Monday, February 1, 2010

Socially Responsible Investing Run Amuck?

Growing concerns about climate change and financial accountability have contributed to the rise of social investing. There are so many funds appealing to social investors, choosing a portfolio based on financial, environmental, and social returns can be daunting. These days funds range from corporate governance based, environmentally specific, social awareness and religion-themed funds.

Something for everyone may be an understatement. New faith-based exchange-traded funds (ETFs), managed by FaithShares Trust, cater to various Christian beliefs. The Trust uses statements by each church group’s national body, such as the U.S. Conference of Catholic Bishops, to define its investing approach. FaithShares Lutheran Fund avoid spirits producers, the Methodist Fund allows companies with less than 10% in alcohol-related revenue, and the Christian Values Fund abstains from any company that produces a caffeinated or alcoholic substance. The Catholic Fund takes a case-by-case approach. Similar to other socially responsible funds, FaithShares takes hundreds of stocks and weeds out the ones that don’t fit its parameters. The differences can become a bit obscure.

Environmentally focused funds have garnered more interest. Popular offerings include solar and wind specific portfolios such as PowerShares WilderHill Clean Energy Portfolio and First Trust Global Wind Energy. But risk-averse investors beware; this field is extremely dynamic with rapidly developing technologies and players. Broader-values based ETFs may be a safer bet. The iShares FTSE KLD Select Social Index Fund has a strong volume of stocks and outperformed the Dow Jones Industrial Average in 2009. KLD is typical of larger socially responsible funds in that it invests in similar holdings in the S&P 500, so its performance is characteristically more congruent with the main stream. However KLD’s services are far from free. And while these funds may perform better, they include stocks like XTO Energy (Calvert Social Investment Balanced Fund) and BP (Wells Fargo Advantage Social Sustainability Fund) and so may not agree with truly green advocates.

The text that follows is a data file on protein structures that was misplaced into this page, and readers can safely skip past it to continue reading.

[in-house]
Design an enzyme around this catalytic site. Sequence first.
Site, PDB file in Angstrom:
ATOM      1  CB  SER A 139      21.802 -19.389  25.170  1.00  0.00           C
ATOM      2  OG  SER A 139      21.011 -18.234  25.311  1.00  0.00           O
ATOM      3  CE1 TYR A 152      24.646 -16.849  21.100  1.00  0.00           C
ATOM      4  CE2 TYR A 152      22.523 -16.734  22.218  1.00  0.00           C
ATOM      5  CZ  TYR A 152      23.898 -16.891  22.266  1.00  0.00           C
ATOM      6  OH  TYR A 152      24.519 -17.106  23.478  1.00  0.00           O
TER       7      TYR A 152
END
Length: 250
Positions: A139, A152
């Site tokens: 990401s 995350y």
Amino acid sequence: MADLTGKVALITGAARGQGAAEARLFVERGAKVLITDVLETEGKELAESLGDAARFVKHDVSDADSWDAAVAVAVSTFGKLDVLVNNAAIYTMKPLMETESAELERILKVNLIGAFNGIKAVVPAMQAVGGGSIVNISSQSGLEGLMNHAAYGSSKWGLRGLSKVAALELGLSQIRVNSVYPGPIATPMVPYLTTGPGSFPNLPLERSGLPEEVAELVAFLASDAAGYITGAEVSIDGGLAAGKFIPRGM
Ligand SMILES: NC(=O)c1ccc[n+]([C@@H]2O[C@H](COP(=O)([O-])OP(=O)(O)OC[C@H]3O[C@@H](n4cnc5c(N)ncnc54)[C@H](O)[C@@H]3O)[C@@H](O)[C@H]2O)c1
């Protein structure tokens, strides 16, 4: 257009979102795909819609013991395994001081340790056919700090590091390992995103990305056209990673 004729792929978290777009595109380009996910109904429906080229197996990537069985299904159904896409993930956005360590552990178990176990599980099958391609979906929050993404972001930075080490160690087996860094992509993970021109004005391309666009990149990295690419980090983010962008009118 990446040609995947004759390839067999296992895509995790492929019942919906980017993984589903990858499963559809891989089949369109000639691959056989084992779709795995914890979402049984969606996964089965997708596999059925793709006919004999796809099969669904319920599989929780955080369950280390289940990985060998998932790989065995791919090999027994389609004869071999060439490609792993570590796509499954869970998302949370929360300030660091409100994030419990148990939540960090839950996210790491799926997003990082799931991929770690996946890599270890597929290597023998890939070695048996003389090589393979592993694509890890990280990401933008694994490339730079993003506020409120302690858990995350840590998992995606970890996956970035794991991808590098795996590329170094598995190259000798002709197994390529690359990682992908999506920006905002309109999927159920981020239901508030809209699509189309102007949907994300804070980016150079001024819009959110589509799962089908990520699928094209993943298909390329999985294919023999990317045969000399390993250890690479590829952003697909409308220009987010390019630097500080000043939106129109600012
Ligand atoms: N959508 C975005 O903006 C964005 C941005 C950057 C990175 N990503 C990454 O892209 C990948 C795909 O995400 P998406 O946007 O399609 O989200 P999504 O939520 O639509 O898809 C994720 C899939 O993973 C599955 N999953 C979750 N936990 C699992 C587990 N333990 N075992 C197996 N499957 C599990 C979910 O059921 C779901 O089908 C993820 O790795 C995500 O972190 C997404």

Despite all their popularity, the effectiveness of these funds as an investment or moral vehicle remains debatable. Fees for socially conscious funds are often higher than similar funds. Although many of these funds act like index funds, in some cases you are paying a high cost premium to support your cause. Newer and narrower funds may lack historical performance data and hold fewer asset options. Further, some funds stretch the definition of “socially responsible” to include high performing large caps or high growth stocks.

So how to choose an SRI fund that suits your portfolio? Do your homework, thoroughly, on the firm, the fees, and the returns. And make sure the funds do theirs. Most reputable SRI funds have a transparent methodology and criteria by which they choose the assets under their management. They also share clear metrics on the historic performance of each fund. For those who’ve thrown in the morality towel, there’s always the Vice Fund. Its biggest holdings include tobacco, spirits, and defense contractors. Although cleverly named, its performance has suffered and assets under management have declined in the past few years. Go figure.

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1 comment:

  1. I would suggest that the reason for increasing interest in socially responsible funds and decreasing investment in the Vice Fund is simple: ethics is rising, environmental concerns are rising, health concerns are risinig.

    Generally, our collective consciousness is changing. From Paul Ray's eminently successful study of Americans' values, we find that we are progressing from what he defines as 'moderns'--who value status and greed above all else, to "cultural creatives'--whose primary values are personal and spiritual developement.

    Incidentally, I advocate, teach and write about ethical investing on my globally popular site at

    Best wishes,Ron